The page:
What Goes Down Should Go Up: Comrades Up Year!

After my trip to run the Comrades Marathon in 2018 I was keen to return to do battle with the hills of KwaZulu Natal in the other direction. After all, last year’s race was 90.184km and this year’s race was ‘only’ 86.830km – just how hard could this be?

Returning to Comrades meant my nerves were based on knowing how tough it was rather than the unknown. We did the registration (very easy), had a nose around the expo and then relaxed. Visiting the Umlhanga parkrun on the Saturday morning along with 900+ others our group had a pleasant morning run along the sea front for some enjoyable parkrun tourism prior to a day of relaxation.

As it was an Up run, we stayed in Durban and hence race morning was very easy. Get up very early, have an early breakfast, leave the hotel, walk less than 1km to the start. Easy. Although I had extra layers it was quite warm – the difference between starting next to the sea or in Pietermaritzburg in the mountains. One of the highlights of the race last year for me was the start and this year was just the same. Listening to everyone signing the South African national anthem was incredibly moving, then we all sang Shosholoza (I’d learned the words specially) and then the strains of Vangelis’s Chariots of Fire rang out. After this, we heard Max Trimborn’s cock crows and moments later the gun went. A huge roar went up and the stampede started. I said goodbye to Jack & Mark (we had agreed to all run our own races) and I was underway. Within a few hundred metres the humidity kicked in and I shed my extra layers by the roadside just minutes before we started running up hill.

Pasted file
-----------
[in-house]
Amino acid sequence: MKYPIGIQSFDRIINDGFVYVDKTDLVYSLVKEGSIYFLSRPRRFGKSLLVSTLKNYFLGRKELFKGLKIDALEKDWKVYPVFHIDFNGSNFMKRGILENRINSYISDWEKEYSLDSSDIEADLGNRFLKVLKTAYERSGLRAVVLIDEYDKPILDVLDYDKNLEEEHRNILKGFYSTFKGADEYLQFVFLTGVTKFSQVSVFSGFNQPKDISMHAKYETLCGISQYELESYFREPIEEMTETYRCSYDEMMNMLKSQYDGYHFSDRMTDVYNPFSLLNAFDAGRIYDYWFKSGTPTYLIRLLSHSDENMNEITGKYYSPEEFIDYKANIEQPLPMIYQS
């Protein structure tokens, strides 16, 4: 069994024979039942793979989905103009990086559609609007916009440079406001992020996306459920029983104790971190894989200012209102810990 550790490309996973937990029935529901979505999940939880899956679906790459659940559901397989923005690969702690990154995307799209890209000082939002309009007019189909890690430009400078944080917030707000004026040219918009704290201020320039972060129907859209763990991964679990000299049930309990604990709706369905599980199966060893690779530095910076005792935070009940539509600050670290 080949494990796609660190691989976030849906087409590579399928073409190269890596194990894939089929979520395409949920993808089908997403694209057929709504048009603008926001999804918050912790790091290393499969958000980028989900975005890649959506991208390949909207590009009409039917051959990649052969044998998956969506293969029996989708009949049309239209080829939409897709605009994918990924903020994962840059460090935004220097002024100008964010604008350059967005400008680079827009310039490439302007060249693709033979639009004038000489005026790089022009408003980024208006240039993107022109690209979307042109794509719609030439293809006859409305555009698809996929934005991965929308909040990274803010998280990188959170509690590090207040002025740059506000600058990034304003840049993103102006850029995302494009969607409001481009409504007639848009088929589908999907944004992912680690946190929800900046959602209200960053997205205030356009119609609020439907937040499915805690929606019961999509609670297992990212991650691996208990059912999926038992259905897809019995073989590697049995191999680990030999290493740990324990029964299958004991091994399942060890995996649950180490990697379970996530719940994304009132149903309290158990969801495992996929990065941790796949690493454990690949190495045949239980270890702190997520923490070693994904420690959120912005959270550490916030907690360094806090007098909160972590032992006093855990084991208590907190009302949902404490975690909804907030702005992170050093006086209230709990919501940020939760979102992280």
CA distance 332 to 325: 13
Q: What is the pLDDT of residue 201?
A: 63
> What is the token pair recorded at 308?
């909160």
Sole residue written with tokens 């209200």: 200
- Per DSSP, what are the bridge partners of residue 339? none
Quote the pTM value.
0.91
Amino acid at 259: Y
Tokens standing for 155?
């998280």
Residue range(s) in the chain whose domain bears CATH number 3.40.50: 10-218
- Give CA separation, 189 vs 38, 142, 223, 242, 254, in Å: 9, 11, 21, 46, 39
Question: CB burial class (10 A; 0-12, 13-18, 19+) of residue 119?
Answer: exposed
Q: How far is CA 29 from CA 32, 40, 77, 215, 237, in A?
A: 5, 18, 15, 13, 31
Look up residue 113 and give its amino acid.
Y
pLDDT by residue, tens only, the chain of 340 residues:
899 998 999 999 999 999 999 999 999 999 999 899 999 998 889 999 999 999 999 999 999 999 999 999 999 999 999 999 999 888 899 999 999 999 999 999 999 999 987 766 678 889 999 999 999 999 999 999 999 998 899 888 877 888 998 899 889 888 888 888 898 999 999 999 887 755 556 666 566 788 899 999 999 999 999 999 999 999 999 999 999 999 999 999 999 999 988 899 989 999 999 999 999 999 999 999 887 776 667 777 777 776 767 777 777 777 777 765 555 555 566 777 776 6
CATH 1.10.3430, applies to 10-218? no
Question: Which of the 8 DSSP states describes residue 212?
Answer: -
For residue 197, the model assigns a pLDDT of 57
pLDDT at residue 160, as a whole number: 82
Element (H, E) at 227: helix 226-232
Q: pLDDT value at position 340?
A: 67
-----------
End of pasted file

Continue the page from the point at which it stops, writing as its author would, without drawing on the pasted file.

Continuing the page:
The uphill was a long and wide dual carriageway with a sea of people filling one whole direction. All of the bridges were lined with cheering supporters – they were in the dark so the chances of them seeing their own runners would have been small so they encouraged all of us. And we kept running. Uphill. Other than a few hundred metres of downhill that I remembered from last year (when it was uphill) we were climbing for about 16km. I admit, it felt a little daunting. As a ‘fuller figured gentleman’ hills aren’t always my friends but today we were just going to have to get along.